commission to meet in closed session with the county counsel to discuss litigation involving airport matters
in which the county board of supervisors was the named party. We reasoned that the attorney-client
relationship was between the county counsel and the county as an entity, not merely its board of supervisors,
and therefore, that “any county board, commission, committee, or officer having a legitimate official interest
in a particular lawsuit may confer with counsel in an attorney-client relationship” in a closed session under
the pending litigation exception. (Id. at p. 113.) That reasoning does not apply here, however, where the city
councils in question and the county board of supervisors are not components of the Conservancy and are
therefore not situated to invoke the pending litigation exception.

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For the foregoing reasons, we conclude that where a member of a city council
or county board of supervisors is appointed to sit as that body’s representative on the Board,
the appointee may not disclose to his or her appointing authority or its counsel information
received in a closed session of the Board.

2. Disclosure to Other State Department Executive Staff


Members or Department Counsel

We next consider whether our conclusion would be different where a member


of the Board is a director of a state department, such as the Director of Fish and Game (Pub.
Resources Code, § 33503, subd. (a)(6)), and designates an executive staff member to sit in
his or her place. (Pub. Resources Code, § 33503, subd. (b).) May the designee disclose
closed-session information to other department employees or department counsel? We
conclude that our answer must remain the same: such disclosure would be prohibited.

Preliminarily, we note that the designee’s authority to discuss closed-session


information with his or her principal, who is the ex officio member of the Board, is not in
question. As we concluded in 72 Ops.Cal.Atty.Gen. 159, supra, such a discussion with the
Board member would be permissible, since the designee would not be “giving out” the
information. In our 1989 opinion, we explained:

“[W]e believe that the Superintendent is the Commission member even


when he selects a designee to serve in his place. He acts through the designee
and is responsible for all acts of the designee with respect to the Commission’s
activities. The participation by the designee at an executive session of the
Commission may be considered as though the Superintendent were personally
present. The designee exercises the powers of and is subject to the restrictions
governing the Superintendent and does not have independent membership
authority on the Commission.

“Returning to the controlling language of subdivision (a) of section


44248, we find that it refers to a Commission member ‘who releases or gives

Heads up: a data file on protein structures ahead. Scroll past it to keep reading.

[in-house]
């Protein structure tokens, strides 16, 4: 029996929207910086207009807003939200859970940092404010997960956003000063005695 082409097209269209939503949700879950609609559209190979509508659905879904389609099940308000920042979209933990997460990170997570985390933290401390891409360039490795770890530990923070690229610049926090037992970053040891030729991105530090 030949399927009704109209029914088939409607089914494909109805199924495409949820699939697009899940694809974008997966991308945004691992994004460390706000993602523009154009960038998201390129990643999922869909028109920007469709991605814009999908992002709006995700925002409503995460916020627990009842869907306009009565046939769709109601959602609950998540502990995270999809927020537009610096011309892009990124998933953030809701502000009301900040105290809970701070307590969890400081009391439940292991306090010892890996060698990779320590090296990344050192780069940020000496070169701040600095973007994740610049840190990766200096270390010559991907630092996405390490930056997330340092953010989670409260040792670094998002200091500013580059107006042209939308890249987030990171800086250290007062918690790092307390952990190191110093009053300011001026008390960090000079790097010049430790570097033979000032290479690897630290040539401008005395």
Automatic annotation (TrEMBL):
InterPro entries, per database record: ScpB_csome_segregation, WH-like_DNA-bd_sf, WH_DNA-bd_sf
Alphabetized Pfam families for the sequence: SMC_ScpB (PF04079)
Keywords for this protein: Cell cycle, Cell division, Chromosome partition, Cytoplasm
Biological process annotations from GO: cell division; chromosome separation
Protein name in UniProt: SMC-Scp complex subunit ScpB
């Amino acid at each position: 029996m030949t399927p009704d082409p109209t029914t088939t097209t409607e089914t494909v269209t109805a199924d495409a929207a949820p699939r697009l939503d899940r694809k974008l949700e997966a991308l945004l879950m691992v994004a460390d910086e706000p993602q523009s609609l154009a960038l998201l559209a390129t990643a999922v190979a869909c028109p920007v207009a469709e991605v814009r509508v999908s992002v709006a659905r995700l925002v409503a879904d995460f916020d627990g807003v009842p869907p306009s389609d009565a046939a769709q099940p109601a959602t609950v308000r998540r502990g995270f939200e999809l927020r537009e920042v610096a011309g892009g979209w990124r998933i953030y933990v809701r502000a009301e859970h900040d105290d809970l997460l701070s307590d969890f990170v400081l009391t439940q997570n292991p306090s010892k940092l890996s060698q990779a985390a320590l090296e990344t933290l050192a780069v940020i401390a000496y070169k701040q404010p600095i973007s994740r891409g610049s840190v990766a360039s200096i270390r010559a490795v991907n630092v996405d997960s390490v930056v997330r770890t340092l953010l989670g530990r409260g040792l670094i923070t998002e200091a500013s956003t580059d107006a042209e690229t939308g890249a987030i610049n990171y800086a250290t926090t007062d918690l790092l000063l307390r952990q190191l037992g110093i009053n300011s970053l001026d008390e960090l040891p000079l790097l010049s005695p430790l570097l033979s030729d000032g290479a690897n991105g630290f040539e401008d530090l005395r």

out’ information without proper authorization. To ‘give out’ is ‘to make
known to or as if to the public.’ (Webster’s Third New Internat. Dict. (1966)
p. 960.) ‘Release’ may be similarly defined. (Id., at p. 1917.)

“Here, the Superintendent is not to be considered a member of the


public but rather is the Commission member. The Superintendent’s designee
does not ‘release or give out’ Commission information by disclosing the

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information to the Superintendent, a Commission member. The latter
participates in the Commission’s activities through his designee; disclosures
between the two are outside the scope of section 44248.” (Id. at pp. 164-165.)

The same analysis does not hold true for other department employees or
department counsel; they are not members of the Board. The general rule is that closed-
session access is permitted only to people who have “an official or essential role to play” in
the closed meeting. (83 Ops.Cal.Atty.Gen., supra, at p. 225; see 82 Ops.Cal.Atty.Gen. 29,
33 (1999); 46 Ops.Cal.Atty.Gen. 34, 35 (1965).) The other employees of the state
department and department counsel have no such role to play in a closed session of the
Board. (See 83 Ops.Cal.Atty.Gen. 221, supra [mayor not entitled to attend closed session
of city agency]; 82 Ops.Cal.Atty.Gen. 29, supra [alternate member of local commission not
entitled to attend closed commission meeting even though commission and public would
benefit].) Without the right to be present at a closed session of the Board, the other state
department employees and department counsel would not qualify to receive closed-session
information. (See 80 Ops.Cal.Atty.Gen., 231, 235-241 (1997); 76 Ops.Cal.Atty.Gen. 289,
290-291 (1993); cf. 85 Ops.Cal.Atty.Gen. 115, 122, fn. 4 (2002).) We note, however, that
the Board’s own staff and counsel would be available to provide advice to the Board
members and their designees upon request.

Accordingly, in answer to the second question, we conclude that where the


director of a state department is a member of the Board by operation of law and designates
an executive staff member to sit in his or her place, the designee may not disclose to other
department employees or department counsel information received in a closed session of the
Board.